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Art Matters is the podcast that brings together pop culture and art history, hosted by Ferren Gipson.

Emma Dabiri and Bendor Grosvenor with a possible Titian at Petworth House

Emma Dabiri and Bendor Grosvenor with a possible Titian at Petworth House

The BBC’s third series of Britain’s Lost Masterpieces has just finished, and it saw the hosts Dr Bendor Grosvenor and Emma Dabiri visit venues across the UK to see if they could uncover hidden gems in the nation’s collections. What goes into producing a series like this? How do they go about selecting which masterpieces to investigate? I spoke with Bendor to find out more, starting with how they decide on which paintings to research.

‘We have absolutely no guarantee – or no way of knowing – before we start whether the pictures have got a good chance of getting the ‘nod’, so to speak, from our chosen experts,’ Bendor says. ‘We can’t subject the viewers of the BBC to an hour of me being completely wrong... so we have to think really hard about which pictures to go for.’

With over 200,000 paintings in public collections, it seems a daunting task to know where to start. Bendor tells me that he begins his search on the Art UK website before paying a visit to his chosen masterpieces to review them in person with his trusty binoculars and torch.

It’s probably something like between 500 and a thousand pictures I’ll look at – either online or somewhere – and then that’ll get boiled down to one contender.

For any aspiring art investigators out there, Bendor reveals the three key things he’s looking for in a potential masterpiece: changes, condition, and quality. Assessing these three factors help tell him if he’s on the right path to uncovering a lost gem.

Portrait of an Unknown Young Cardinal

Portrait of an Unknown Young Cardinal 16th C

Titian (c.1488–1576) (attributed to)

National Trust, Petworth House

Throughout the series we hear different terms around how paintings can be attributed. Is a painting by an artist or is it attributed to the artist? It may seem like a minor difference, but Bendor explains the hierarchy. ‘On the attributional ladder at the top, you’ve got the artist’s name, and if you say ‘Titian’ then that means you’re fairly certain it’s by Titian. Underneath that, you’ve got ‘attributed to’ which means you’re sort of 80, 90 percent there, but there may be criteria you haven’t been able to satisfy... Underneath that, then you’ve got ‘studio of Titian’. So, is it painted by someone using Titian’s paints and styles in his workshop? Because, of course, these artists had huge art factories and churned the pictures out, but not necessarily painted by the man himself.’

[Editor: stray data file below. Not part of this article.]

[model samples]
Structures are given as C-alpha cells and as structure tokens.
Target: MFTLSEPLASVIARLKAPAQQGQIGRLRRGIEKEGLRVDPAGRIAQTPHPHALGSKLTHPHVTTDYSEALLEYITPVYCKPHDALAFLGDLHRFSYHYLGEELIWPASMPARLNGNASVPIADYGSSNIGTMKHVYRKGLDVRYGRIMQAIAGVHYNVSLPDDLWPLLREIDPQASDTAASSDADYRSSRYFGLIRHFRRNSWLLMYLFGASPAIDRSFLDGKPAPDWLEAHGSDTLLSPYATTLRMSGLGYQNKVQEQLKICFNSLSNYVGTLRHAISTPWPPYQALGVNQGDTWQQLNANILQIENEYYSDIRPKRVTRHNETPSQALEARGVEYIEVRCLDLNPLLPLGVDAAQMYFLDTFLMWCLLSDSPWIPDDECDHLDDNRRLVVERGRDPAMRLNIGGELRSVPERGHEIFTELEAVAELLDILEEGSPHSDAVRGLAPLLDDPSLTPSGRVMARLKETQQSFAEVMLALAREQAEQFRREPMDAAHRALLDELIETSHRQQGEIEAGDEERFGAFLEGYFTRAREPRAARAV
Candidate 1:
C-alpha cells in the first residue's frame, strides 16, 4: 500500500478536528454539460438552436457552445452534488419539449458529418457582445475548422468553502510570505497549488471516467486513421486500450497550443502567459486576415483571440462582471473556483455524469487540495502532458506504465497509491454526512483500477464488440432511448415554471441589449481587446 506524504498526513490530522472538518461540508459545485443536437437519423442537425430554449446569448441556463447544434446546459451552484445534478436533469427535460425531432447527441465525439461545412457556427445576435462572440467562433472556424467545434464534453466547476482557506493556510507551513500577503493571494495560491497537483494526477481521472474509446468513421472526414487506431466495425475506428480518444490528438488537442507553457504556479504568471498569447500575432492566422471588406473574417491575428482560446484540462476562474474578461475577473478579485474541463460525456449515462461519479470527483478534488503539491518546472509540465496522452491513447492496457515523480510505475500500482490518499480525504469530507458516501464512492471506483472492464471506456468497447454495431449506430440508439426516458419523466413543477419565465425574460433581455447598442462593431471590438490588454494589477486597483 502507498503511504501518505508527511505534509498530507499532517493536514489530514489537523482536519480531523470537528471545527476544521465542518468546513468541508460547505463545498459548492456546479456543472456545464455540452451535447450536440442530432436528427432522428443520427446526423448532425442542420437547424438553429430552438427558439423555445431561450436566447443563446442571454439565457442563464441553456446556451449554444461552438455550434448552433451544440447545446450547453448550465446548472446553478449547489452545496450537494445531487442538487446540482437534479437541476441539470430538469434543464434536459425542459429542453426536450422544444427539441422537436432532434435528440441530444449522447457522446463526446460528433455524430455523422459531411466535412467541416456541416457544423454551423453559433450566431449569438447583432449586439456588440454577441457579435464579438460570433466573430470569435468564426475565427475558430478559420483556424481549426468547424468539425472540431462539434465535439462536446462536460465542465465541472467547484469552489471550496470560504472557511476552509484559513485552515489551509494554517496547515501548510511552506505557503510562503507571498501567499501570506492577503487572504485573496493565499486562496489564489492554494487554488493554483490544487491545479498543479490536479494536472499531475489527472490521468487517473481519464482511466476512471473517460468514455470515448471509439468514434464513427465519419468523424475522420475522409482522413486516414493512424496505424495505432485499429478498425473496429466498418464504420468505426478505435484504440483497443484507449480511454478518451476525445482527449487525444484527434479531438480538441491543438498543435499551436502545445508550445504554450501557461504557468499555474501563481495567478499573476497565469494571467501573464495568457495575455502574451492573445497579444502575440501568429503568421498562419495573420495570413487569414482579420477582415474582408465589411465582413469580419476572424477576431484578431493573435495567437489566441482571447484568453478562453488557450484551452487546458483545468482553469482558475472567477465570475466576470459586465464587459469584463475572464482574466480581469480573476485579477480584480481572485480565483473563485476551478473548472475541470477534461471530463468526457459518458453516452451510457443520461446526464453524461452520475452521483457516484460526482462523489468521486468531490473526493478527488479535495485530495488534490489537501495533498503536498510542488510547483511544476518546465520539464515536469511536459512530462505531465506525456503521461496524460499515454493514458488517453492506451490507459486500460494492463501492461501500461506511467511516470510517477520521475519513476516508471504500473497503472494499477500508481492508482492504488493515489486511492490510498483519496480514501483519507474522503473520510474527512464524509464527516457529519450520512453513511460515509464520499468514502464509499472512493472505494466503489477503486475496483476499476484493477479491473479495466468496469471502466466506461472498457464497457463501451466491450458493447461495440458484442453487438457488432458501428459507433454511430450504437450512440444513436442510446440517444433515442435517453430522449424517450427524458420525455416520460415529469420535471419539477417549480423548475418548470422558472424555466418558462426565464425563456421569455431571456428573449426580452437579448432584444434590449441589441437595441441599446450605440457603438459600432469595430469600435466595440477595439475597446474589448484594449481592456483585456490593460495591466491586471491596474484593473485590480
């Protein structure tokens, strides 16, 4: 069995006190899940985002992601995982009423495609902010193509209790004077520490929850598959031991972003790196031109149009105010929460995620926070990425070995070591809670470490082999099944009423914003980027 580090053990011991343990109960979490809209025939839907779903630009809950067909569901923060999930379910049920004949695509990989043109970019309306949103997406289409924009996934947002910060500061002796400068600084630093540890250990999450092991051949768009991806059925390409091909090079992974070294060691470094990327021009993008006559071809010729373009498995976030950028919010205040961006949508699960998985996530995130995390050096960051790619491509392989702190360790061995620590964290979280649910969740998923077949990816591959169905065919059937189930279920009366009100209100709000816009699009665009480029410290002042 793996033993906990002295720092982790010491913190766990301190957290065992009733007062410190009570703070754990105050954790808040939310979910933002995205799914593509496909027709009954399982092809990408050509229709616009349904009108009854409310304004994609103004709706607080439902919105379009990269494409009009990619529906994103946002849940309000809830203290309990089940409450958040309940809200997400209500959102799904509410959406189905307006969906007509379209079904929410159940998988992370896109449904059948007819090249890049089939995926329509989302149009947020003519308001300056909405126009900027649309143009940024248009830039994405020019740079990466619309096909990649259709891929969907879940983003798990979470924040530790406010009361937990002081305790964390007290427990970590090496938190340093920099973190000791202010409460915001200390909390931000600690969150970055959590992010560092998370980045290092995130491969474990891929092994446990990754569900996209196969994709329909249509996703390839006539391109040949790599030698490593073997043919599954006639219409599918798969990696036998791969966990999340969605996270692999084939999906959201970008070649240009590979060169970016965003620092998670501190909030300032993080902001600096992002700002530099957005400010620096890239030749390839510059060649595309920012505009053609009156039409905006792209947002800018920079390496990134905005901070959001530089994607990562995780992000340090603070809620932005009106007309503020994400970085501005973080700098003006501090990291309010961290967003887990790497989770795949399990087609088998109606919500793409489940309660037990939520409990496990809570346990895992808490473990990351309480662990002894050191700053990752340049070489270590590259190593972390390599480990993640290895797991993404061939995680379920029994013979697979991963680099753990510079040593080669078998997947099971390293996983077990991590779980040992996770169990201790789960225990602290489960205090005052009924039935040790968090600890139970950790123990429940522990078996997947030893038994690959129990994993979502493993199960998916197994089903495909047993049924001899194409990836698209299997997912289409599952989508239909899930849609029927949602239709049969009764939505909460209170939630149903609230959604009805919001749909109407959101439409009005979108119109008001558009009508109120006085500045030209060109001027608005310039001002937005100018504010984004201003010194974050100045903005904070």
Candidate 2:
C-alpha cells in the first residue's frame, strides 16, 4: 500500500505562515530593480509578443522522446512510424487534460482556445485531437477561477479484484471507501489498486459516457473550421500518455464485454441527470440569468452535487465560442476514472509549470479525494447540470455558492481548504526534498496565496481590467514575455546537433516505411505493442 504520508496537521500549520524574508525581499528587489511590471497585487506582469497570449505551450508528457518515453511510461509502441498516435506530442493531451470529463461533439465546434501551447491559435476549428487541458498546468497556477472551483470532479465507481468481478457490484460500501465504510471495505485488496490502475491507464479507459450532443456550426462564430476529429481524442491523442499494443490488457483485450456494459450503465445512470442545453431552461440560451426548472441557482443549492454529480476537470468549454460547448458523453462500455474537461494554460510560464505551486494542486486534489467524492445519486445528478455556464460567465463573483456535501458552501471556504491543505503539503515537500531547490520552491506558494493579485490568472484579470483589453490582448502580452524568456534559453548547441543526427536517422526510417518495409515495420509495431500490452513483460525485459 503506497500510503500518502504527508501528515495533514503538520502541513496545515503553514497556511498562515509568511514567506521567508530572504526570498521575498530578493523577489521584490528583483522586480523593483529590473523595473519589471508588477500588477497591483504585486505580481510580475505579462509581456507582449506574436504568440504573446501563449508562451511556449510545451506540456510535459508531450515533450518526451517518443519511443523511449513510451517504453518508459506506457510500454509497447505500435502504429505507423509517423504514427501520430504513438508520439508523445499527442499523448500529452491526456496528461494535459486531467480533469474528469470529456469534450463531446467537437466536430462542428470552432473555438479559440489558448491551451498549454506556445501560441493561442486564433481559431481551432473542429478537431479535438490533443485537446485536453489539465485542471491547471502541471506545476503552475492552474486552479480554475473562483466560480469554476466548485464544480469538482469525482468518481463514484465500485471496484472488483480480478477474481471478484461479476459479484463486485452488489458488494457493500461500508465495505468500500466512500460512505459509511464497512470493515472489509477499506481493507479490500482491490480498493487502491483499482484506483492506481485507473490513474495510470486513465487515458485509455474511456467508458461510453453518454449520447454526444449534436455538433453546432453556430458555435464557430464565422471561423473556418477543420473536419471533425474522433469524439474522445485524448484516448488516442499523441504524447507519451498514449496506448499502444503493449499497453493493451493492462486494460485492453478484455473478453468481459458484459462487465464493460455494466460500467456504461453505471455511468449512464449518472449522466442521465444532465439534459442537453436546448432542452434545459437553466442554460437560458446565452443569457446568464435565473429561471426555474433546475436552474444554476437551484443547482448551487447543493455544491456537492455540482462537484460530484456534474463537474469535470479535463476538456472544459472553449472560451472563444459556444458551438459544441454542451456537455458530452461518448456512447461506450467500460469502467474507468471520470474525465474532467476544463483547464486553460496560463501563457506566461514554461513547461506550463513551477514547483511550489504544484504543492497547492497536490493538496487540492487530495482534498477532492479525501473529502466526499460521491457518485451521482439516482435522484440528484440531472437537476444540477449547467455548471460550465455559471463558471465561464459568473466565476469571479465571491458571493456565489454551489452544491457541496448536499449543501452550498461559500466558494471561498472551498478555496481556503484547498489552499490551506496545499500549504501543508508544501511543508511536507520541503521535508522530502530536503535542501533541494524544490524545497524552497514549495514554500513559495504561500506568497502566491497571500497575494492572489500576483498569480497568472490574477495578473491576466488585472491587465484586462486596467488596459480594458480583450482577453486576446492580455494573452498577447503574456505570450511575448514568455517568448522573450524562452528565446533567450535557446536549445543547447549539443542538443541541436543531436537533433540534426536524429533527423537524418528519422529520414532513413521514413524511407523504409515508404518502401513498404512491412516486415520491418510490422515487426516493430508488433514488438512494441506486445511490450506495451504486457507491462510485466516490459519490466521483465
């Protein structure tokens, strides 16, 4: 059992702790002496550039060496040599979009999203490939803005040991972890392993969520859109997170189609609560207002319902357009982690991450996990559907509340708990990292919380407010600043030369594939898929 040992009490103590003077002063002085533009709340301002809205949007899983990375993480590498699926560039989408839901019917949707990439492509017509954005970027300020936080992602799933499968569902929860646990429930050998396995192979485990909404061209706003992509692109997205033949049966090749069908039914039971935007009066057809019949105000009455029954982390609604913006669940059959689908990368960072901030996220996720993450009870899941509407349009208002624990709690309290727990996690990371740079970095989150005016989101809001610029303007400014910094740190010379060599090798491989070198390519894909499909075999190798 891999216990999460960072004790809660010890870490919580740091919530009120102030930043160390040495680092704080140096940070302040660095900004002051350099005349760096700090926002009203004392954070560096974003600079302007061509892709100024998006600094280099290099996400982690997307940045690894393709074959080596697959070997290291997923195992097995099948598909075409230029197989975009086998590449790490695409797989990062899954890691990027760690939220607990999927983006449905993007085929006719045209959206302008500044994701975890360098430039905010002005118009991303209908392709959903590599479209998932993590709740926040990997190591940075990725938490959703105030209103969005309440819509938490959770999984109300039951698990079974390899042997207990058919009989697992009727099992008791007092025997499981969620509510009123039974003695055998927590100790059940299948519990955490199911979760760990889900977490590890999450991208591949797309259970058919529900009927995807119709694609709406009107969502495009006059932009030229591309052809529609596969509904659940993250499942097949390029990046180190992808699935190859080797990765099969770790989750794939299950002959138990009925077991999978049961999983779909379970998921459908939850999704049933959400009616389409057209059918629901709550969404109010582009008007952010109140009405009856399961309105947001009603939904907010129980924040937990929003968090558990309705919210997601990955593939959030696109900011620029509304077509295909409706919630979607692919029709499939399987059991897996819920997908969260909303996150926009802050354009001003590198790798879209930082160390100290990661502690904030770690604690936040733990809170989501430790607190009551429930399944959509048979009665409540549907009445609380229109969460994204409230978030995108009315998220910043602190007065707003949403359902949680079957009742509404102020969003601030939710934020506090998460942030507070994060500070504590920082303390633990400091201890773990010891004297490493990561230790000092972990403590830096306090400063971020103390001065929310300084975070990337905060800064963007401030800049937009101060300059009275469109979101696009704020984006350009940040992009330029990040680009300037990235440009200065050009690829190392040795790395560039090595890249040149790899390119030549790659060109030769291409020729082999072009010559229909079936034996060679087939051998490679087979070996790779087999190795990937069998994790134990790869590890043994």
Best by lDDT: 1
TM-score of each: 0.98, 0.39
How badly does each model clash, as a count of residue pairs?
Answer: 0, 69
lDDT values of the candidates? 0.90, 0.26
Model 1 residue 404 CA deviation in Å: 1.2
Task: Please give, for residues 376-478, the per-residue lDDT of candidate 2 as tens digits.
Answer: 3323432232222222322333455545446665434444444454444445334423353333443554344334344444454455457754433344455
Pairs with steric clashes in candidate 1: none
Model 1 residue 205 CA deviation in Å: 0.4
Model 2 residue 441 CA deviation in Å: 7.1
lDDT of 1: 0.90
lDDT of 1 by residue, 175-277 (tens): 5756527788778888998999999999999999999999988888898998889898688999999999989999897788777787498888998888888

Before coming to the point of discussing attribution in the series, the investigation often begins with some cleaning and restoration at Simon Gillespie’s studio – a key part of the process. ‘If I’ve got any skills in art sleuthing, it’s being able to assess condition because that is the number one reason why paintings lose their attribution,’ says Bendor.

Self Portrait at the Age of 22

Self Portrait at the Age of 22 c.1623–c.1629

Rembrandt van Rijn (1606–1669) (studio of)

National Trust, Knightshayes Court

Paintings are often coated with a layer of varnish, which can yellow over time. Additionally, some paintings may be subject to restorations or damage that can obscure their true quality. The restoration work carried out at Simon Gillespie’s studio can help claw back years of damage, enabling the team to fairly assess the quality and authenticity of a painting. Removing a layer of varnish that’s gone yellow brings out the subtleties in colour which can be revealing in the hunt for a masterpiece, as we saw in the second episode of the series looking at a work by Zoffany.

A Country Gentleman

A Country Gentleman (once said to be Charles Burney) c.1770

Johann Zoffany (1733–1810)

Manchester Art Gallery

In speaking with a lot of young people with an interest in art, one of the common questions I’m asked is about the types of jobs available in the field. One of the interesting things about Britain’s Lost Masterpieces is that it shows some of the science and problem-solving that can go into art historical research. Bendor spoke with me about how this type of research fits into wider art history and why it’s so impactful.

‘One of the reasons I do this programme is to try to show to people that it’s not this sort of mystical, elitist, strange practice, but something that you can demonstrate clearly how it works and why it works. The other reason I do it is because it’s actually a fantastically useful way of getting people engaged in art history.’

In the full podcast episode above, Bendor and I discuss each of the masterpieces from the BBC series, and demystify more of the process of making the show. Click the player above to hear the full episode.

If you found this conversation interesting and didn’t catch Britain’s Lost Masterpieces on BBC Four, you can watch it for a brief period on the BBC iPlayer. I also encourage you to head over to our Art Detective platform, where you can get stuck into solving your own art mysteries.


Explore more

Rembrandt: king of the selfie

The quirky side of Johann Zoffany

Ten top Titians in UK collections

Listen to our other Art Matters podcast episodes